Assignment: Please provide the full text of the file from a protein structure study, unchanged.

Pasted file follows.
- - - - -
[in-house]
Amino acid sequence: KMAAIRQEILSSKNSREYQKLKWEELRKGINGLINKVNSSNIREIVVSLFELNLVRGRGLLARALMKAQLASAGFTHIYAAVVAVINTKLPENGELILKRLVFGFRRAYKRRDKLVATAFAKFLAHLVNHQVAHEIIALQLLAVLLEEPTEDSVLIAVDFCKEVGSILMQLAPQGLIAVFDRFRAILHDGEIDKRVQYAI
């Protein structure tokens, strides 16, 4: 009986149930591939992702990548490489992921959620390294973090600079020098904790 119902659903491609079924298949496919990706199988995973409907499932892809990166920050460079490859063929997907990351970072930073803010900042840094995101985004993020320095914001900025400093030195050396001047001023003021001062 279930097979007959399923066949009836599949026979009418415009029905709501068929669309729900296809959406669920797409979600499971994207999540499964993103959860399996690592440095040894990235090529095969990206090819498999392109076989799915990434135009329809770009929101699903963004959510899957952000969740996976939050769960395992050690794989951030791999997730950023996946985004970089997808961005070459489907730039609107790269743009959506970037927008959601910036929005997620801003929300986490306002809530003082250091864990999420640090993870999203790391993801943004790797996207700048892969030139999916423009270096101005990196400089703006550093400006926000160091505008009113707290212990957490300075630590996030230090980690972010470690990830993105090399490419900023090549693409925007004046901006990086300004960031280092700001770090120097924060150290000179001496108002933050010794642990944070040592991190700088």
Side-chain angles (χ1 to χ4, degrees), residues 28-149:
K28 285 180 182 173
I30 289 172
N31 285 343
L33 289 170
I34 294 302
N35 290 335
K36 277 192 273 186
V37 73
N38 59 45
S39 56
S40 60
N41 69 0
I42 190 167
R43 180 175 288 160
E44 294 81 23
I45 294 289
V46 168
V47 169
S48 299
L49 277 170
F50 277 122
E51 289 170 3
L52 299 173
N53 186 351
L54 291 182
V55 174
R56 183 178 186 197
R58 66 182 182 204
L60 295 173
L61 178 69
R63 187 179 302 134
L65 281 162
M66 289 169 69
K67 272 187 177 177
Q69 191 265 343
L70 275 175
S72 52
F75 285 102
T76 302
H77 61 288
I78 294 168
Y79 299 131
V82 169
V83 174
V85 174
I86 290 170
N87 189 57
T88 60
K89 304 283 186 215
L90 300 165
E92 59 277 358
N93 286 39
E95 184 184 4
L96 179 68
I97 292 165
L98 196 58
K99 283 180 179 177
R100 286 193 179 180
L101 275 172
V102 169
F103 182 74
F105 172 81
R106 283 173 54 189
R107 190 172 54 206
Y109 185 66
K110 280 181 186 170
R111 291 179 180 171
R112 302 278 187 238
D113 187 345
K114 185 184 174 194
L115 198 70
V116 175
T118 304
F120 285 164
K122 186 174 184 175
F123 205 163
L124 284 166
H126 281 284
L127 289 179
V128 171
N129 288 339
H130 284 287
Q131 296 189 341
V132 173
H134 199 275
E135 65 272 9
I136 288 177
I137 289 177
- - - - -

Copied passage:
[in-house]
Amino acid sequence: KMAAIRQEILSSKNSREYQKLKWEELRKGINGLINKVNSSNIREIVVSLFELNLVRGRGLLARALMKAQLASAGFTHIYAAVVAVINTKLPENGELILKRLVFGFRRAYKRRDKLVATAFAKFLAHLVNHQVAHEIIALQLLAVLLEEPTEDSVLIAVDFCKEVGSILMQLAPQGLIAVFDRFRAILHDGEIDKRVQYAI
């Protein structure tokens, strides 16, 4: 009986149930591939992702990548490489992921959620390294973090600079020098904790 119902659903491609079924298949496919990706199988995973409907499932892809990166920050460079490859063929997907990351970072930073803010900042840094995101985004993020320095914001900025400093030195050396001047001023003021001062 279930097979007959399923066949009836599949026979009418415009029905709501068929669309729900296809959406669920797409979600499971994207999540499964993103959860399996690592440095040894990235090529095969990206090819498999392109076989799915990434135009329809770009929101699903963004959510899957952000969740996976939050769960395992050690794989951030791999997730950023996946985004970089997808961005070459489907730039609107790269743009959506970037927008959601910036929005997620801003929300986490306002809530003082250091864990999420640090993870999203790391993801943004790797996207700048892969030139999916423009270096101005990196400089703006550093400006926000160091505008009113707290212990957490300075630590996030230090980690972010470690990830993105090399490419900023090549693409925007004046901006990086300004960031280092700001770090120097924060150290000179001496108002933050010794642990944070040592991190700088």
Side-chain angles (χ1 to χ4, degrees), residues 28-149:
K28 285 180 182 173
I30 289 172
N31 285 343
L33 289 170
I34 294 302
N35 290 335
K36 277 192 273 186
V37 73
N38 59 45
S39 56
S40 60
N41 69 0
I42 190 167
R43 180 175 288 160
E44 294 81 23
I45 294 289
V46 168
V47 169
S48 299
L49 277 170
F50 277 122
E51 289 170 3
L52 299 173
N53 186 351
L54 291 182
V55 174
R56 183 178 186 197
R58 66 182 182 204
L60 295 173
L61 178 69
R63 187 179 302 134
L65 281 162
M66 289 169 69
K67 272 187 177 177
Q69 191 265 343
L70 275 175
S72 52
F75 285 102
T76 302
H77 61 288
I78 294 168
Y79 299 131
V82 169
V83 174
V85 174
I86 290 170
N87 189 57
T88 60
K89 304 283 186 215
L90 300 165
E92 59 277 358
N93 286 39
E95 184 184 4
L96 179 68
I97 292 165
L98 196 58
K99 283 180 179 177
R100 286 193 179 180
L101 275 172
V102 169
F103 182 74
F105 172 81
R106 283 173 54 189
R107 190 172 54 206
Y109 185 66
K110 280 181 186 170
R111 291 179 180 171
R112 302 278 187 238
D113 187 345
K114 185 184 174 194
L115 198 70
V116 175
T118 304
F120 285 164
K122 186 174 184 175
F123 205 163
L124 284 166
H126 281 284
L127 289 179
V128 171
N129 288 339
H130 284 287
Q131 296 189 341
V132 173
H134 199 275
E135 65 272 9
I136 288 177
I137 289 177